In the picture below, you can see the Arch of Septimius Severus and on the right, the Church of Saints Luca and Martina. Martina is a patron saint of Rome. She openly shared her Christian faith which led to persecution from Emperor Septimius Severus. She never wavered in her faith though she was tortured and eventually beheaded. The church is still a working church and is situated on higher ground while ironically, the Arch of Septimius Severus is in ruins and the shadow of the church.

Church of Saints Luca and Martina

Temple of Castor and Pollux
Temple of Vesta
Antoninus and Faustina Temple
Temple of Romulus
Arch of Titus

Colosseum

Alessandra continued as our guide through the Colosseum. We learned about the history of the Colosseum and surrounding areas. It was interesting to take in the views and then look at drawings showing the same views from Ancient Rome times.

Arch of Constantine
Temple of Venus and Rome

Free Time & Lunch

So, imagine, we have seen St. Peter’s Basilica, Pantheon, Roman Forum, and Colosseum and we haven’t even had lunch yet. Our time with our tour group was complete for the day, but we still had more to see.

We walked past a couple of churches and the Monument to Victor Emmanuel II before stopping for lunch at Grano la Cucina di Traiano. The small restaurant was off the main path and was popular with locals. The focaccia pizzas were excellent!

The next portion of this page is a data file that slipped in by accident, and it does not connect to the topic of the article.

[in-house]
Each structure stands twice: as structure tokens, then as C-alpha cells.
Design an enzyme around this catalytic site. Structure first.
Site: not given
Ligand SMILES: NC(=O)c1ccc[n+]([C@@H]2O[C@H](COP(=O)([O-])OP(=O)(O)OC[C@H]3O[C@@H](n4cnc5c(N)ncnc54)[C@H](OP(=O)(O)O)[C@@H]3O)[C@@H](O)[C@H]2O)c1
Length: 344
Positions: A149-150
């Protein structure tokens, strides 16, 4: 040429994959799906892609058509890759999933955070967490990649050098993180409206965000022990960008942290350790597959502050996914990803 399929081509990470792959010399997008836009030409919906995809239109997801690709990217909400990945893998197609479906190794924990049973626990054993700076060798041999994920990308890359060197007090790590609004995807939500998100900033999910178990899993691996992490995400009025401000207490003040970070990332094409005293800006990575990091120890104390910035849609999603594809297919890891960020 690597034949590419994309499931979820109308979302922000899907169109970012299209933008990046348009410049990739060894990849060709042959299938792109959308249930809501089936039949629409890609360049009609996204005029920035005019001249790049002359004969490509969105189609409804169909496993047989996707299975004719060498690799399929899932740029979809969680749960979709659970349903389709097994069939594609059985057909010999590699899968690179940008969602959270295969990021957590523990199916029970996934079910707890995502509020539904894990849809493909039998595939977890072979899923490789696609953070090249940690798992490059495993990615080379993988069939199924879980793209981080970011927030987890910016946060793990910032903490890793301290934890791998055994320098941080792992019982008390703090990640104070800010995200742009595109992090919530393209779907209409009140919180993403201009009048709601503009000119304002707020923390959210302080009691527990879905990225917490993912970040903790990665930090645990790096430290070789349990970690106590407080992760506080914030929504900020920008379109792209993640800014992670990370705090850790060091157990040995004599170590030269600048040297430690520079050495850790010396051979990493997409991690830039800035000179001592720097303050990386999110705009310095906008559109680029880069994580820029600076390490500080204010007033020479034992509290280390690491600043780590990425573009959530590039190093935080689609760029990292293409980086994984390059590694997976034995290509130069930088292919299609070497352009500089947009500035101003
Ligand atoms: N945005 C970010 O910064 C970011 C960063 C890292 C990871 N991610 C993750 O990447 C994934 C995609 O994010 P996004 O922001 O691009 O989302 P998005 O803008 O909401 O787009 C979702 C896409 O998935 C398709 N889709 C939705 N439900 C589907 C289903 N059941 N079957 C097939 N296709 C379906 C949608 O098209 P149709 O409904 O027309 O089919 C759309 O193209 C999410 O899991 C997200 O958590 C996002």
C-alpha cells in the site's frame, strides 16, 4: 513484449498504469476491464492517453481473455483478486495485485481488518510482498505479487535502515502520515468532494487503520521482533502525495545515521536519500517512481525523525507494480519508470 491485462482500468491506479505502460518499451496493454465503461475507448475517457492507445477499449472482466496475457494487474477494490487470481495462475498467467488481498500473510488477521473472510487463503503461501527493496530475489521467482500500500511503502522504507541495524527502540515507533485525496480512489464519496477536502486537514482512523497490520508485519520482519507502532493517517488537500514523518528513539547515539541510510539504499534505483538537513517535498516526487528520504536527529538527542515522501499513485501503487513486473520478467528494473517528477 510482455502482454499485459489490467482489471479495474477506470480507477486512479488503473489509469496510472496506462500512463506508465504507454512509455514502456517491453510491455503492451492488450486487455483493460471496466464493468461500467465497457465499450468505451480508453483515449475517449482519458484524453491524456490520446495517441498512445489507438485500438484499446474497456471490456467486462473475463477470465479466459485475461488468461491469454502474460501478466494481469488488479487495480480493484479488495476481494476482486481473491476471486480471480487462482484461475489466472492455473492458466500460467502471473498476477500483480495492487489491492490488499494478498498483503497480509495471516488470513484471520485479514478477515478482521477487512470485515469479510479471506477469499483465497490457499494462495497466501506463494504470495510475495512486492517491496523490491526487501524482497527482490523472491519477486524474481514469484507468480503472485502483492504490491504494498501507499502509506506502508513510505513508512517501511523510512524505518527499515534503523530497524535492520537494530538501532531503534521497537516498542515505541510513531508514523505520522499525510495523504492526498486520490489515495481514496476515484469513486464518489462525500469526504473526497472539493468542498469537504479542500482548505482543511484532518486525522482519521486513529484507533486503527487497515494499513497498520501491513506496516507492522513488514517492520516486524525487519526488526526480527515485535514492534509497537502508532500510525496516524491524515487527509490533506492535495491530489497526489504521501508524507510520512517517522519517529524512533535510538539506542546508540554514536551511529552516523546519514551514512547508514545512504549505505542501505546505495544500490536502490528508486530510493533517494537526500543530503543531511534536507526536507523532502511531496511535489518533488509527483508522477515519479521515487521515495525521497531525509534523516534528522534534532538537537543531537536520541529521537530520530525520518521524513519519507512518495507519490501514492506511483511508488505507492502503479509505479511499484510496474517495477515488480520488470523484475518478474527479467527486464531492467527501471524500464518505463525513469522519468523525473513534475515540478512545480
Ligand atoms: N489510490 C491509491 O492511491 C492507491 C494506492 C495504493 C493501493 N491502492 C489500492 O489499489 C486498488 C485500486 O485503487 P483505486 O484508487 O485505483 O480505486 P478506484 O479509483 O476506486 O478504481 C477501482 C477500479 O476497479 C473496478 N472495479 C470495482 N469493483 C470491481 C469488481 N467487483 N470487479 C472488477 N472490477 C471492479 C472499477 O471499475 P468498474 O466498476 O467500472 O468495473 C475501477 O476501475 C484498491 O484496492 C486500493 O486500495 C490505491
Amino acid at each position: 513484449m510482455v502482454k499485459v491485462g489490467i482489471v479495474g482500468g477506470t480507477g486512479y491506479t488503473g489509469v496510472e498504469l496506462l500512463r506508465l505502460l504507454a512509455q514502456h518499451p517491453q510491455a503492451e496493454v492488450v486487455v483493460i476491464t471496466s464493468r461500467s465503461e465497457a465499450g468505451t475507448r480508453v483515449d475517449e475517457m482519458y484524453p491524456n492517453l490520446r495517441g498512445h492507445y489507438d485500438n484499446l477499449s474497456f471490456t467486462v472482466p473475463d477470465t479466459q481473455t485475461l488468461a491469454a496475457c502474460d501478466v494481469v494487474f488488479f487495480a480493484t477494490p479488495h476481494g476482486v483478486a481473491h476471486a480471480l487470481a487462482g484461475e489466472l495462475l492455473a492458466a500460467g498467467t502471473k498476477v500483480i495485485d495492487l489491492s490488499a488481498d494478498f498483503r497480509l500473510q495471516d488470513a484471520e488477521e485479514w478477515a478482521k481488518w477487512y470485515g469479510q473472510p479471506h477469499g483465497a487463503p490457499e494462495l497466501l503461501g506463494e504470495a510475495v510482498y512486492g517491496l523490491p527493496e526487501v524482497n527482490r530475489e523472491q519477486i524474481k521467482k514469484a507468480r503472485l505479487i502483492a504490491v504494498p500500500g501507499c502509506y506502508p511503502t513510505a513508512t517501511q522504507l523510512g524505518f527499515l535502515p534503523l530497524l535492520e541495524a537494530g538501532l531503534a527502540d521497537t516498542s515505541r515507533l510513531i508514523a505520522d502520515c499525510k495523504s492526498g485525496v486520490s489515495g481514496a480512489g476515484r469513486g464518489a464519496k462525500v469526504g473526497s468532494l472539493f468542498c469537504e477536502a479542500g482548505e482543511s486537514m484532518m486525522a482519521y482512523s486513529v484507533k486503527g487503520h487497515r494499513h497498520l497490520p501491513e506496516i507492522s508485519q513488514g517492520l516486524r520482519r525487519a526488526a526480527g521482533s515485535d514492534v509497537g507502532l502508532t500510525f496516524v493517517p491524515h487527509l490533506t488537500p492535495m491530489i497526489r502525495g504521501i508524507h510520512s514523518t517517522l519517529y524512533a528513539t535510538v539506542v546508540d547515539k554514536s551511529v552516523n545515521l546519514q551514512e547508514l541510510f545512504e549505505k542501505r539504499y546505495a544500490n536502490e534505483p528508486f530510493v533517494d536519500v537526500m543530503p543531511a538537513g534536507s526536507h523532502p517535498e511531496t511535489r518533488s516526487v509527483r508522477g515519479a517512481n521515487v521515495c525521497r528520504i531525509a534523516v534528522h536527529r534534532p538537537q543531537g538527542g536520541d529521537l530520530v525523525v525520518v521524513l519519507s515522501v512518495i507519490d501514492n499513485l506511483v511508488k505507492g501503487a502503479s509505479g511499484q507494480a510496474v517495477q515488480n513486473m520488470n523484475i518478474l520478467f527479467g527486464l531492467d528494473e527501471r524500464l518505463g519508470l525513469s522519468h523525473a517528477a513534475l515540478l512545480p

Church of the Most Holy Name of Mary at Trajan's Forum
Santa Maria di Loreto
Monument of Victor Emmanuel II
Chiesa di Santa Maria in Via

Spanish Steps

We walked the 135 steep steps from the Piazza di Spagna to the Trinità dei Monti church.

Borghese Gallery

We met our guide, Eirene, for our Borghese Gallery tour. The House of Borghese is a princely family of Italian nobles and popes. The art gallery displays part of the Borghese Collection.

We started our tour in the dining room. In 1632, Bernini created two marble busts of Cardinal Scipione Borghese. Bernini was known to add imperfections to his sculptures. Here one of the buttons (3rd from bottom) is halfway undone. After the first bust (pictured) was completed, a crack in the forehead appeared so a second, duplicate bust was made.

Raphael’s The Deposition oil painting on a wood panel was completed in 1507. The painting portrays Jesus after the crucifixion. In the lower left corner, Raphael’s signature appears with a dandelion which represents the shortness of life.

Cardinal Scipione Borghese
The Deposition

The Rape of Proserpina by Bernini is a Baroque marble sculpture made in the early 1620s. A more accurate translation of the sculpture is the Abduction of Proserpina.

The sculpture tells the tale of Pluto, god of the underworld, abducting Proserpina, daughter of Jupiter (king of the gods) and Ceres (goddess of agriculture). The details of fingers digging into skin and tears on the cheek look so realistic. The multi-headed dog (Cerberus) marks the border of the underworld.